Oh, the vacuum story.
I was in my office when the phone rang. A parishioner called because they thought the church needed a new vacuum. There was a lot of carpet in that church. So, why not?
When they came to deliver our new machine I got the whole story.
They had bought a new vacuum for their home. That meant, of course, their old one needed a new home. The church wasn’t getting a new vacuum. We were getting a new-to-us vacuum.
Except, we didn’t get it.
Mind you, this wasn’t just their old vacuum. I’m pretty sure it was their first vacuum. There was more electrical tape on the power chord than I’ve used in all my electrical tape experience. It was dirty, and with all sincerity, I don’t know how anyone could’ve thought to bring that to the church.
Imagine their surprise when I turned it down. Yes, they were a little taken back. I just wasn’t grateful enough, I suppose.
I’ve told that story before and one person told me that I should’ve received their gift. It’s what was in their heart. They thought of the church, after all.
But shouldn’t we also hold higher standards for one another and for our ministry? I would have never called anyone else to “give” them that rickety vacuum. My impression was the church was the first place they called. That wasn’t out of a sense of gratitude to God or desire to see the church’s ministry flourish. The church was the easiest place to drop it off.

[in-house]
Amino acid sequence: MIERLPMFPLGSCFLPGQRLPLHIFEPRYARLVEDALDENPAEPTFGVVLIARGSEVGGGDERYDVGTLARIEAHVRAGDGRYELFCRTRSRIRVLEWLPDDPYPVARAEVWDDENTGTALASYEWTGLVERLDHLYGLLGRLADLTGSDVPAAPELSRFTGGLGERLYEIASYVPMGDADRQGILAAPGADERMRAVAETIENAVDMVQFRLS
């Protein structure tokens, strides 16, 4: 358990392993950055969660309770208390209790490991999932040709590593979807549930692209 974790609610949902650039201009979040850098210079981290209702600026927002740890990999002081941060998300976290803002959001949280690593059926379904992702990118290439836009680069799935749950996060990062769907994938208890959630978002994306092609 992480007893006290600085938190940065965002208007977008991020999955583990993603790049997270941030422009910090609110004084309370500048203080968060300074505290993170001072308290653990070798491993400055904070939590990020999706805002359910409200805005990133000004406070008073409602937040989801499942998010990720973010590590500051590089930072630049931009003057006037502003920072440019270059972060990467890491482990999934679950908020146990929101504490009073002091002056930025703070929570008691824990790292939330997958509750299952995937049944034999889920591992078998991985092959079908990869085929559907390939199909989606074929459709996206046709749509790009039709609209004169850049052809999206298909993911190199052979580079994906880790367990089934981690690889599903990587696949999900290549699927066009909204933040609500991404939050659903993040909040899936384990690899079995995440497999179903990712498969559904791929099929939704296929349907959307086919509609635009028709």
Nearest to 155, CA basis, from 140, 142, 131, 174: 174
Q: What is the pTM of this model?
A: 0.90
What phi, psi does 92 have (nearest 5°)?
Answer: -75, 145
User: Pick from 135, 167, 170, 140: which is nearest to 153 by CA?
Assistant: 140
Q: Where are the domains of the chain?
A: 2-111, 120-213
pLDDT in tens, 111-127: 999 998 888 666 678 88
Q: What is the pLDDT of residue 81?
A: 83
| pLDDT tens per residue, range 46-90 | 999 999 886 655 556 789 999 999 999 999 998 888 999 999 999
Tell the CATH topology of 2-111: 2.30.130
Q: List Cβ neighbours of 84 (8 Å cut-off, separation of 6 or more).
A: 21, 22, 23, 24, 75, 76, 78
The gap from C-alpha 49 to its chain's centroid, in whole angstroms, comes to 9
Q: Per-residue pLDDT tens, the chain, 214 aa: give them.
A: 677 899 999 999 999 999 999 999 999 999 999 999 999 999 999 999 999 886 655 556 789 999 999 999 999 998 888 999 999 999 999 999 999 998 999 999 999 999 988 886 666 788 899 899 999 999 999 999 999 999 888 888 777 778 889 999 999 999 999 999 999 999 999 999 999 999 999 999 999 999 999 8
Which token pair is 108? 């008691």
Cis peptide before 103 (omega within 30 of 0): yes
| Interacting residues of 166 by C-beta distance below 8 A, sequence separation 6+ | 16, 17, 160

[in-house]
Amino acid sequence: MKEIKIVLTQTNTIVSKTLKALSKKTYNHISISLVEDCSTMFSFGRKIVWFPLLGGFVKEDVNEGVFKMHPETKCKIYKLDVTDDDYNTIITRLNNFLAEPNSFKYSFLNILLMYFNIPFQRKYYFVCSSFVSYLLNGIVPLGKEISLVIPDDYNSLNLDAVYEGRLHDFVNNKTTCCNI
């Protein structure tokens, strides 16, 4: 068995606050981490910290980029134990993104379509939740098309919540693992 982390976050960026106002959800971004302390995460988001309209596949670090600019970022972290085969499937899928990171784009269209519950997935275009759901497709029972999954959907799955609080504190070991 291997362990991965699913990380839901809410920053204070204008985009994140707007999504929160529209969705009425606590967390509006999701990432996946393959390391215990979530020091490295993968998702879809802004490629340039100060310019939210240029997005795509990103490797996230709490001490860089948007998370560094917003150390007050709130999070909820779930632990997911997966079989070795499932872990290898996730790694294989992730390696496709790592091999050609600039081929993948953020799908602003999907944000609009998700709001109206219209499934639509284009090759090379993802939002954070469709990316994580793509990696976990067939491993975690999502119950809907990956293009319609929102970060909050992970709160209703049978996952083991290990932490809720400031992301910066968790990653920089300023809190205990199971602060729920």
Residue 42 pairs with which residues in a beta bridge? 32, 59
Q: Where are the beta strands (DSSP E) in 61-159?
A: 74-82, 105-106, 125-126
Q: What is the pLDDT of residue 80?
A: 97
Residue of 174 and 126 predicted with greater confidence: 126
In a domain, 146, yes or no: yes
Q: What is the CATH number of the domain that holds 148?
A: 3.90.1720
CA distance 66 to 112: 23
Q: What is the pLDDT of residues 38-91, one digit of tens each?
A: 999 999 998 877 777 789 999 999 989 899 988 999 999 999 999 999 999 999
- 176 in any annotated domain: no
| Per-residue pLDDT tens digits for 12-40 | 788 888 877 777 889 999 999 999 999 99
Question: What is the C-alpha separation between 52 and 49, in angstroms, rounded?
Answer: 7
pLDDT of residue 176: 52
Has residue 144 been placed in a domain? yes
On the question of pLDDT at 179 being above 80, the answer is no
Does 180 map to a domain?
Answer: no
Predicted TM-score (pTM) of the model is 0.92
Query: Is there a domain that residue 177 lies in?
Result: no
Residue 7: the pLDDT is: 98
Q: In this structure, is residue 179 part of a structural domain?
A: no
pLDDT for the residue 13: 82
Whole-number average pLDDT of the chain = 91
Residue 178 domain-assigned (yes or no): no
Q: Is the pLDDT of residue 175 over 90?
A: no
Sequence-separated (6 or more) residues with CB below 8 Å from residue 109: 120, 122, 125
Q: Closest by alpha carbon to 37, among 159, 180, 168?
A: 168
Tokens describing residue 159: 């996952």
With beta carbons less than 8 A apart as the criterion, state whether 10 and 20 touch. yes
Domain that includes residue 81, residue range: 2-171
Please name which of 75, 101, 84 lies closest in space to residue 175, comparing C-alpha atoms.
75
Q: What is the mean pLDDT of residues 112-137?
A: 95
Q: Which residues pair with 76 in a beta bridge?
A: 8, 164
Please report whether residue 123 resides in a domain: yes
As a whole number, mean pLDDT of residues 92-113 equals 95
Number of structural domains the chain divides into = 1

I think about that vacuum from time to time. It helps me reflect on what I’m offering to God and to the church. I want to ensure I’m giving the best of who I am and what I have to offer for the glory of God. Someone once said it best: Give God what’s right, not what’s left.
That aligns with a takeaway from 1 Kings 7. We’re told that King Solomon took thirteen years to build his house. It was a wonder to behold! Now, you’ll have to read the last verse of chapter six and the first verse of chapter seven together to appreciate what the author might be trying to tell us. When you do, you’ll see that Solomon took thirteen years to build his house and seven years building God’s.
Is that a commentary on Solomon’s priorities? It might very well be.
He took almost double the time for his own house than he did for God’s. Now, God’s house was nice, no doubt. But isn’t it like us to double our efforts for ourselves and get around to God’s stuff?
This, of course, is about more than a new vacuum. And it’s not about giving stuff to the church. It’s about an attitude and approach to ministry. Imagine what could change about our church’s ministries if we taught one another to offer God our absolute best, not the rest of what we have! Let’s decide what God is leading us to do and become, and pursue it with passion, excellence and sincerity.